The EEG and a concurrent video recording of the animal's behavior were acquired with a Nicolet Alliance Works digital instrument. The EEG signals were recorded referentially, and digitized at 250 Hz after appropriate low-pass filtering. Video/EEG was recorded continuously for periods of 2–7 h on multiple occasions (1–21 recording sessions per animal) following electrode implantation. Recordings were performed for an average of 28.5 days after electrode implantation. All video/EEG data were backed up on DVDs or external hard drives and analyzed offline. All recording sessions were reviewed by at least two of us in order to characterize the ictal and interictal EEG and behavioral events. Additional quantification of the EEG was done using computer-based power spectral analysis of selected ictal episodes and interictal periods. The program for spectral analysis was developed in Matlab by one of us (JDF).


  1. Top of page
  2. Methods
  3. Results
  4. Discussion
  5. References

Eleven (31.4%) of the 35 animals that received TTX infusion exhibited brief behavioral spasms that were accompanied by epileptiform EEG events. The findings were essentially the same for cortical and hippocampal infusion: Of the 19 cortical-infused animals, six (31.6%) exhibited spasm episodes. Similarly, of the 16 hippocampal-infused animals five (31.2%) exhibited epileptic spasms. None of the eight vehicle controls (five hippocampal and three cortical infusions) exhibited any behavioral or electrographic seizures during the observation period. In terms of the TTX-infused rats that exhibited behavioral spasms, the spasms were initially observed during the infusion period (as early as 11 days after pump implantation). Behavioral and electrographic spasms continued for many days to weeks after the removal of the infusion pump. For instance in one animal, spasms were observed up to 95 days of age—54 days after cessation of infusion, at which time recordings were terminated.

Spasms: behavioral features

The typical ictal behavioral event was a very brief (1–2 s duration) extensor or flexor spasm of the body musculature, which was sometimes accompanied by forelimb pawing movements. These spasms could be symmetrical or asymmetrical, with, for example, rapid extension of the trunk toward the side of the TTX infusion. The intensity of the spasms was highly variable between animals and within a given animal. The spasms could vary from a minimal jerk to an intense contraction of the body musculature, which could cause the animal to fall.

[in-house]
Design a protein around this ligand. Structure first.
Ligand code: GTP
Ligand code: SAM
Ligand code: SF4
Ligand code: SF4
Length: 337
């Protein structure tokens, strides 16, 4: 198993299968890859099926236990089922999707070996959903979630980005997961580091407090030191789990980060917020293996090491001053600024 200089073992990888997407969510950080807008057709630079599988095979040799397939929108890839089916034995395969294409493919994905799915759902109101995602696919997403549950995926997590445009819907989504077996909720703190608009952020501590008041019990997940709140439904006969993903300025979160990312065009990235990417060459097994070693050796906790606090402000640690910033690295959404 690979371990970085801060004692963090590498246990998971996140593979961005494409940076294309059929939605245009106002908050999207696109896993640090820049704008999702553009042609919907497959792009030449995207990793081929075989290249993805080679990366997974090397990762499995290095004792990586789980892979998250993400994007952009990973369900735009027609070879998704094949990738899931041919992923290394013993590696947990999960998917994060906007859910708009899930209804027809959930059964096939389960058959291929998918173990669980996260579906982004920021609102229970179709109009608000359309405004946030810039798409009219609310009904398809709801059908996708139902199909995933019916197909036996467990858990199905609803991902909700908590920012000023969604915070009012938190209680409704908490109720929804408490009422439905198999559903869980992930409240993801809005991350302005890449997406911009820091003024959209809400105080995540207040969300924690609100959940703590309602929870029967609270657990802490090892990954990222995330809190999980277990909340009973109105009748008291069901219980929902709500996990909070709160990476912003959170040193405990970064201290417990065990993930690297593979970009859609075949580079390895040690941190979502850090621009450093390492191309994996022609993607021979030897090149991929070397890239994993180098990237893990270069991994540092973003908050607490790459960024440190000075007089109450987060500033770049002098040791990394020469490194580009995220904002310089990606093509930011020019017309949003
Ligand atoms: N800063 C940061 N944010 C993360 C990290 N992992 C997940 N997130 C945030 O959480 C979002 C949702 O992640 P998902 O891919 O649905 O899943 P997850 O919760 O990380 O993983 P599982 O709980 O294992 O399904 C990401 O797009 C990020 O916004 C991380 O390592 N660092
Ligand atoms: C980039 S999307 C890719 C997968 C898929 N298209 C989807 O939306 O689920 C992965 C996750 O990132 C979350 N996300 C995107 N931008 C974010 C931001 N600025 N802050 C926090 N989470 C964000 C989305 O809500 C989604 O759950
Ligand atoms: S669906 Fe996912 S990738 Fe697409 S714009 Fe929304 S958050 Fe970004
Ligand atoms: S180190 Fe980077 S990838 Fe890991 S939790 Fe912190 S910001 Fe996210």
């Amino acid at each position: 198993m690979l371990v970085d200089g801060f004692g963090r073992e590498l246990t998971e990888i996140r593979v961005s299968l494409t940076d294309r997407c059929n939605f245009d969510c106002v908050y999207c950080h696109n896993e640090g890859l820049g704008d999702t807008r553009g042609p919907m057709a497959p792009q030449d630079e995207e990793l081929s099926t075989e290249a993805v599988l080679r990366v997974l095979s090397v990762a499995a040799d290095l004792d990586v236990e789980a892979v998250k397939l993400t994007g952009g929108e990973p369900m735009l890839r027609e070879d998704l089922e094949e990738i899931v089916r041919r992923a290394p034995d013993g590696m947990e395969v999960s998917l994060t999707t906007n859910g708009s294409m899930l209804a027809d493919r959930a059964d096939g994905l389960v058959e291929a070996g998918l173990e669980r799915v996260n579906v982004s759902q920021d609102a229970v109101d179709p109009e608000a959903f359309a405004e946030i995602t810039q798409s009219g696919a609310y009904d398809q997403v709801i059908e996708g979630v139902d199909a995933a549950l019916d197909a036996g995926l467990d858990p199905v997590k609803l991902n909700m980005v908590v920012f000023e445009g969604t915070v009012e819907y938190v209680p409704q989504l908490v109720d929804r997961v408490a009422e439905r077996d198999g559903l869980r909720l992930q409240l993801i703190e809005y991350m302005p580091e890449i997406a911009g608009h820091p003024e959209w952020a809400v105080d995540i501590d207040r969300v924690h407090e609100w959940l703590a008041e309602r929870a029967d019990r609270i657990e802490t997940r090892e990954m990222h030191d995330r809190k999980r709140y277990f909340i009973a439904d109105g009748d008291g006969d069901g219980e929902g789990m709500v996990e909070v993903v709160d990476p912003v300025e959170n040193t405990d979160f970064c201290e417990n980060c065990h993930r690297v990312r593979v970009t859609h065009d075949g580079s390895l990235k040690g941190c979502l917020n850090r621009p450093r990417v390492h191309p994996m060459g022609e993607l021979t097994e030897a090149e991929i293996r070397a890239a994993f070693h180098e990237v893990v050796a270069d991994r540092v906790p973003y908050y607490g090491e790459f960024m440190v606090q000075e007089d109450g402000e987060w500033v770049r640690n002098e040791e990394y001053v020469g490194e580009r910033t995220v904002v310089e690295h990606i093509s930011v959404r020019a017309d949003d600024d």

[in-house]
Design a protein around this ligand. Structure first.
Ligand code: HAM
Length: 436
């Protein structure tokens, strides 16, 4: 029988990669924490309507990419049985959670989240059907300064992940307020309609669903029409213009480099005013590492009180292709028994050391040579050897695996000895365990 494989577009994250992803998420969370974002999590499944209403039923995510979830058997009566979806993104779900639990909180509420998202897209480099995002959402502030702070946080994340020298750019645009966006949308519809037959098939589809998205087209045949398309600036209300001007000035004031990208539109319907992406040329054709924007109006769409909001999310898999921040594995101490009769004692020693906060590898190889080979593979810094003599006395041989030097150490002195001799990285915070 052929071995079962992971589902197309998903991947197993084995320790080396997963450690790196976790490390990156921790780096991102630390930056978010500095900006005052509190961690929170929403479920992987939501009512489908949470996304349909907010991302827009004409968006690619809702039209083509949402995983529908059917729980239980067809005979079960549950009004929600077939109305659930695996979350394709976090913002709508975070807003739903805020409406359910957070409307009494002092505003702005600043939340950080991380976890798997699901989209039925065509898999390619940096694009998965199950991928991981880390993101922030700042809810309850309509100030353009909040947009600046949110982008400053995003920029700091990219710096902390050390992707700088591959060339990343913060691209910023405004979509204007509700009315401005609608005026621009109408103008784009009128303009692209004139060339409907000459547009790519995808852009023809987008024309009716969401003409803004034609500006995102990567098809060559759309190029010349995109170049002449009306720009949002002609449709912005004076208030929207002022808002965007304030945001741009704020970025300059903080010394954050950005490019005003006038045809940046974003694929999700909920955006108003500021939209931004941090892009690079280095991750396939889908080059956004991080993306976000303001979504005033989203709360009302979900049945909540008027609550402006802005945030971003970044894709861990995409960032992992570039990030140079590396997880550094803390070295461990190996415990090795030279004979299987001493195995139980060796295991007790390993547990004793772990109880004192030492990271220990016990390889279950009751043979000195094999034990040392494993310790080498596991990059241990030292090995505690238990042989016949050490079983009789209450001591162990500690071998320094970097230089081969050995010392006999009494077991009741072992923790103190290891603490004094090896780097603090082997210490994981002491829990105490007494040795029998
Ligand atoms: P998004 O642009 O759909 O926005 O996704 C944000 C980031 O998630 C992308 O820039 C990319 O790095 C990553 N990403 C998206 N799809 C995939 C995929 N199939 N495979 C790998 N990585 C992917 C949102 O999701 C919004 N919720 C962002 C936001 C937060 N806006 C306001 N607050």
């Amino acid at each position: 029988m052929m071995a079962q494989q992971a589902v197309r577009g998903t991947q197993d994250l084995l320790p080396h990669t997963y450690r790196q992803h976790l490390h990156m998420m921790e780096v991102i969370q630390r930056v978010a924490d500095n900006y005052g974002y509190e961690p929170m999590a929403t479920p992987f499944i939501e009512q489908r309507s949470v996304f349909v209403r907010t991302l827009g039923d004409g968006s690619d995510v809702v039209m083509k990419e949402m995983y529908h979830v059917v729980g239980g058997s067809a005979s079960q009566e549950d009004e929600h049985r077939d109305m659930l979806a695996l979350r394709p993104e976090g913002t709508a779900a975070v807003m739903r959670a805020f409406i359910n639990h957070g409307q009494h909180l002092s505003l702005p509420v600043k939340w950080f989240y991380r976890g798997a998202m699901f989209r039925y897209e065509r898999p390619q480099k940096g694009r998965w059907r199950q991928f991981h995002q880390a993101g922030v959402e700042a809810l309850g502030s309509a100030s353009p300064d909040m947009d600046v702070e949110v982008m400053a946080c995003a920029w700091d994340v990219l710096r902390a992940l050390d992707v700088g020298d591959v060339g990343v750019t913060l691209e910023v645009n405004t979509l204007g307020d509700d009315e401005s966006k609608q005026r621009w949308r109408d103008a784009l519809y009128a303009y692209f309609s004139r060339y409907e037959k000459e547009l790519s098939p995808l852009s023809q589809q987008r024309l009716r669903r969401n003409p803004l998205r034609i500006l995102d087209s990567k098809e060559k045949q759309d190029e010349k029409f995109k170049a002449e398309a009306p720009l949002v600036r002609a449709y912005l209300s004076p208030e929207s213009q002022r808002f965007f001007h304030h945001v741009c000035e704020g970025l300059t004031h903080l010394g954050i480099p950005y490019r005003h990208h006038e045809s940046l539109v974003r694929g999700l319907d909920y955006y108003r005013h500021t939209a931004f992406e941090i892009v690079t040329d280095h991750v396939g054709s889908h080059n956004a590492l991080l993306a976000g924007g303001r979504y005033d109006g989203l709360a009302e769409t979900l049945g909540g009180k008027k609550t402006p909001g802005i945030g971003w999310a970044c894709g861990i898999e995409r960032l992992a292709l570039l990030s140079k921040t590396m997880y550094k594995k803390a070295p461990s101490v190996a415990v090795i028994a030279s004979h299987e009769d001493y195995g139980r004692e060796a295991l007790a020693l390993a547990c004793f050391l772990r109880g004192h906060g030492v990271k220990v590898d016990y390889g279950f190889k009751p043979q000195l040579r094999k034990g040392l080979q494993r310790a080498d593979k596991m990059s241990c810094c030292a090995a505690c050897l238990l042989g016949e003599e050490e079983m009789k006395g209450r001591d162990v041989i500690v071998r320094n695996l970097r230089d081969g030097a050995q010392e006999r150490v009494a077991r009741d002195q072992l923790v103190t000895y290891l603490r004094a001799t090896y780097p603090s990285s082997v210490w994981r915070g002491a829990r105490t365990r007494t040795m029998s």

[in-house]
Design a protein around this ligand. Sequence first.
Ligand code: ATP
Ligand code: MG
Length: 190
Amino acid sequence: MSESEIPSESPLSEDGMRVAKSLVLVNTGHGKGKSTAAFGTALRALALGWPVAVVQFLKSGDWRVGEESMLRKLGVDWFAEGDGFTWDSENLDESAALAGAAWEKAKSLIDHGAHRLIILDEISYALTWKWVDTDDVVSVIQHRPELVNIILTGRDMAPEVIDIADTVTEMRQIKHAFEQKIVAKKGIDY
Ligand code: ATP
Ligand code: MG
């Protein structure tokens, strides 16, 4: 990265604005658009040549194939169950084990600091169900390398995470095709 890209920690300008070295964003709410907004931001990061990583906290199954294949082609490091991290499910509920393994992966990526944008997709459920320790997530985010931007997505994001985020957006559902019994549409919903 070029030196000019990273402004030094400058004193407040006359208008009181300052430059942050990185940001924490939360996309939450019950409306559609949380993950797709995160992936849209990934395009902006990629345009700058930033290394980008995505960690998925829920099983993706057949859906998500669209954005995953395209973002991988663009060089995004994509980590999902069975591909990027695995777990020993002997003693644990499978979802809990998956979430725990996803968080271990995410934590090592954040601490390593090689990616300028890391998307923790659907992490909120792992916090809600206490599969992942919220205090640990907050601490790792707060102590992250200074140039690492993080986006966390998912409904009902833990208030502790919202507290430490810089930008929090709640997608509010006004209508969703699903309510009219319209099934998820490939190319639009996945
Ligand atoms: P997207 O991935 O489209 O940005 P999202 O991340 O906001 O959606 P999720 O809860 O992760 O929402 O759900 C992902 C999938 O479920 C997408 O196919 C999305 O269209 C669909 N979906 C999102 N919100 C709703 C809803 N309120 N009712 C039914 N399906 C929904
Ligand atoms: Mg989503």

Spasms: ictal EEG patterns

The most frequent ictal EEG pattern associated with a spasm was an initial generalized, high-amplitude, slow wave transient (SW), followed by a period of generalized voltage attenuation, or electrodecrement (ED) with superimposed fast activity (FA) (Fig. 2). Various combinations of the three components have been observed. The duration of these ictal EEG episodes varied from 1 to 10 s. Ictal EEG events of this type have also been observed in association with very minimal behavioral manifestations (e.g., a minor jerk of the upper torso) and, occasionally, without any observable behavioral accompaniment. An example of our video-EEG recordings is shown as supplemental material. The similarities between these episodes and the ictal EEG pattern typically observed in human IS are illustrated in Fig. 3. As evident from these recordings, ictal fast activity was more predominant in the recordings from rats (e.g., compare the recordings at 5–50 Hz in the lower panel of Fig. 3).


Figure 2. An example of an ictal EEG discharge recorded from a rat on postnatal day 44, that resulted from TTX infusion into the right dorsal hippocampus beginning on day 10. The most common ictal event consisted of a generalized high amplitude slow wave transient (SW) followed by a period of generalized voltage attenuation (electrodecrement—ED) with superimposed fast activity (FA). Ten recording electrodes were used and were spaced at 3 mm distances in cortex. Labels refer to the montage employed: left frontal cortex (LF), right frontal cortex (RF), left central cortex (LC), right central cortex (RC), left posterior cortex (LP), right posterior cortex (RP), left dorsal hippocampus (LDH), right dorsal hippocampus (RDH), left ventral hippocampus (LVH), right ventral hippocampus (RVH).